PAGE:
proposition

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Related to propositions: prepositions

proposition

noun approach, arrangement, assertion, assumption, bid, condicio, conjecture, course of action, declared intention, design, formulated intention, hypothesis, idea, offer, overture, plan, position, postulate, premise, presentation, program of action, project, proposal, propositio, prospectus, provisional hypothesis, resolution, rogatio, scheme, strategy, submission, suggestion, supposition, tender, tentative approach, tentaaive statement, terms proposed, theory, thesis
See also: advice, affair, affirmance, agenda, application, argument, assertion, basis, bid, business, campaign, claim, clause, contention, invitation, issue, matter, matter in dispute, measure, motion, overture, plan, platform, policy, principle, project, proposal, question, rationale, recommendation, resolution, strategy, subject, suggestion, theory, thesis, ultimatum

PROPOSITION. An offer to do something. Until it has been accepted, a proposition may be withdrawn by the party who makes it; and to be binding, the acceptance must be in the same terms, without any variation. Vide Acceptance; Offer; To retract; and 1 L. R. 190; 4 L. R. 80.

References in classic literature ?
It may be said that the tactile images are merely present, without any accompanying belief; but I think this view, though sometimes correct, derives its plausibility as a general proposition from our thinking of explicit conscious belief only.
It is suggested, by the theory we are considering, that this difference of effects constitutes what is meant by saying that in the second case I believe the proposition suggested, while in the first case I do not.
It is clear that a proposition can be either believed or merely considered, and that the content is the same in both cases.
Such a man, though not moving, is in a very different condition from that of a man quietly at rest And so the man who is considering a proposition without believing it will be in a state of tension, restraining the natural tendency to act upon the proposition which he would display if nothing interfered.
If the mere co-existence of the content and the belief-feeling sufficed, whenever we were having (say) a memory-feeling we should be remembering any proposition which came into our minds at the same time.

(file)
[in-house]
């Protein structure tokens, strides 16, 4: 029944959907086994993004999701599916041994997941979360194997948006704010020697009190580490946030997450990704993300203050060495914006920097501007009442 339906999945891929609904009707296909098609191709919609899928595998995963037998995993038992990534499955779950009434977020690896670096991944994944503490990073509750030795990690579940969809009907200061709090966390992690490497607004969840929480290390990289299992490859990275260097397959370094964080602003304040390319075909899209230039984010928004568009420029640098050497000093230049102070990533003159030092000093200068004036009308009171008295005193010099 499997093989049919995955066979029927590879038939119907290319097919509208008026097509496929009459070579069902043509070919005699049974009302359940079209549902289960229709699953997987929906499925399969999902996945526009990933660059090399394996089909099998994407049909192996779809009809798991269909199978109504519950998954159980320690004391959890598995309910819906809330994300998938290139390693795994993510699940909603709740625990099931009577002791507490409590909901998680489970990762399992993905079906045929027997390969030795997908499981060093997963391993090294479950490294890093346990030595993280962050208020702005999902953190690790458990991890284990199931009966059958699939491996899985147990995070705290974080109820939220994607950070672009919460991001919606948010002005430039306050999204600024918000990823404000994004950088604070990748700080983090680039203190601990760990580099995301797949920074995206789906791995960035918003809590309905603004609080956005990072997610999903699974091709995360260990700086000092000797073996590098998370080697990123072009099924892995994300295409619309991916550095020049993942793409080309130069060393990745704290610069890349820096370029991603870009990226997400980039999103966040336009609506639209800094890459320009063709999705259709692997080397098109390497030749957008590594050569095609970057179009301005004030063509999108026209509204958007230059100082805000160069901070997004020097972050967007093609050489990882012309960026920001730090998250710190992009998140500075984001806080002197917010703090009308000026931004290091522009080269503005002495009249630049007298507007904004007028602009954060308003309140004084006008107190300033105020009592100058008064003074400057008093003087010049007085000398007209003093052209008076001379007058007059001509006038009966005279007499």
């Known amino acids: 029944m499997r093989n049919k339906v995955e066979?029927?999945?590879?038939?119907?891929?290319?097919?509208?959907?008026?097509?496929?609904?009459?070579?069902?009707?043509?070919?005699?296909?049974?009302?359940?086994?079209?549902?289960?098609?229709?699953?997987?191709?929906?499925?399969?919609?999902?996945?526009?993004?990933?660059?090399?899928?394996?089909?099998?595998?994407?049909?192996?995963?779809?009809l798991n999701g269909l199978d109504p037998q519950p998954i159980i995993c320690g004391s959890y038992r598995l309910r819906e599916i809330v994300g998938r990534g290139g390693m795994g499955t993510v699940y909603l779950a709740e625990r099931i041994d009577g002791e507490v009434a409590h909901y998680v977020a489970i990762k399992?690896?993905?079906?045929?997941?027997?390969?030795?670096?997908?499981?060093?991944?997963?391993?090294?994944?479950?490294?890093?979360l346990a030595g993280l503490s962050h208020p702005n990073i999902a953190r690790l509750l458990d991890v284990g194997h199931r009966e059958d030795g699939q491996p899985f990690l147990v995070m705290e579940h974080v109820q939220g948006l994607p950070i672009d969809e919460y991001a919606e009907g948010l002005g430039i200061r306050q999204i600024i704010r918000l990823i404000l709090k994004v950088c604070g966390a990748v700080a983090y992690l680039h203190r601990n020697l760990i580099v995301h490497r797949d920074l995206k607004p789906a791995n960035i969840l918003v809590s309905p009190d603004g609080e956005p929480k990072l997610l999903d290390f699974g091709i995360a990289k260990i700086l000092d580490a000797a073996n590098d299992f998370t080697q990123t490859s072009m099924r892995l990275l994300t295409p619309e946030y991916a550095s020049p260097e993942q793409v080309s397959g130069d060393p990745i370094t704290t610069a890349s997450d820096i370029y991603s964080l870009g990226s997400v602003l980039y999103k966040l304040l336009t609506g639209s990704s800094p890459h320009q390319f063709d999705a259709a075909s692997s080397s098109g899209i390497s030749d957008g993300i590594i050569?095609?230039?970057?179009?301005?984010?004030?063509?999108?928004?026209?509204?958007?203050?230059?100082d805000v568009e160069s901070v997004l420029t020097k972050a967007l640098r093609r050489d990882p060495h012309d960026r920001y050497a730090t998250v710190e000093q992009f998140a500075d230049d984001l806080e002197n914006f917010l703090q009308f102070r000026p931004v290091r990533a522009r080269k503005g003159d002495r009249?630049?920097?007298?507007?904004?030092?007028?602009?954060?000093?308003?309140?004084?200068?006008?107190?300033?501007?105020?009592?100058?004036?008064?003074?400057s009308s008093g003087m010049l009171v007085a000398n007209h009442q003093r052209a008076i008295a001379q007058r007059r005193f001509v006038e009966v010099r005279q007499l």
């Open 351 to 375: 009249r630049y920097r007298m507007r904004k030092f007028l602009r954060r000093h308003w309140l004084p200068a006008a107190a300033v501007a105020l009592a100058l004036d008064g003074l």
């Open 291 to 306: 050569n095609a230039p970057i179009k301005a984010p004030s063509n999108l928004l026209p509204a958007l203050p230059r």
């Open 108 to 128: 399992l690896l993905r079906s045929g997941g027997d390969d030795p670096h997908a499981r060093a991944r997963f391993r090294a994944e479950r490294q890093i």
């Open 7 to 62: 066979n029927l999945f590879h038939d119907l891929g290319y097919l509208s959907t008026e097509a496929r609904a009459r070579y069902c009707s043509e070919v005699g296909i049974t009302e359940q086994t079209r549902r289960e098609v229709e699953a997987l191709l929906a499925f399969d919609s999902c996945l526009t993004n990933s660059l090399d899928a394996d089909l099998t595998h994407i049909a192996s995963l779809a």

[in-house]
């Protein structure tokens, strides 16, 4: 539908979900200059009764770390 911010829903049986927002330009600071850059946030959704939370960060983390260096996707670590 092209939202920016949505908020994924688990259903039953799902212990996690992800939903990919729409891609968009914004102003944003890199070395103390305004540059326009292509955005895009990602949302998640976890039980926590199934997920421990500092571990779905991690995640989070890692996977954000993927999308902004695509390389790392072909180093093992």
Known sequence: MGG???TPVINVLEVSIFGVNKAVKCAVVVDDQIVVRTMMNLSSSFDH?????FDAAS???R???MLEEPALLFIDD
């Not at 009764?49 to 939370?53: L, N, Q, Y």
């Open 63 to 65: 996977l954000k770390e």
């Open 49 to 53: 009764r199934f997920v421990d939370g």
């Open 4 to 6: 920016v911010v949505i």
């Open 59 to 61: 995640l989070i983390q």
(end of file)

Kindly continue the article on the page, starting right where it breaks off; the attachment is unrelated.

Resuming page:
We may sum up our analysis, in the case of bare assent to a proposition not expressed in words, as follows: (a) We have a proposition, consisting of interrelated images, and possibly partly of sensations; (b) we have the feeling of assent, which is presumably a complex sensation demanding analysis; (c) we have a relation, actually subsisting, between the assent and the proposition, such as is expressed by saying that the proposition in question is what is assented to.
There is no way of distinguishing, in words, between a memory and an assent to a proposition about the past: "I ate my breakfast" and "Caesar conquered Gaul" have the same verbal form, though (assuming that I remember my breakfast) they express occurrences which are psychologically very different.
Thus James says: "Everyone knows the difference between imagining a thing and believing in its existence, between supposing a proposition and acquiescing in its truth.
The proposition alluded to was the one, already mentioned, for the establishment of an American Fur Company in the Atlantic States.
A dam fool proposition," was Liverpool's judgment, when Charles had concluded.
This simple proposition will teach us how little reason there is to expect, that the persons intrusted with the administration of the affairs of the particular members of a confederacy will at all times be ready, with perfect good-humor, and an unbiased regard to the public weal, to execute the resolutions or decrees of the general authority.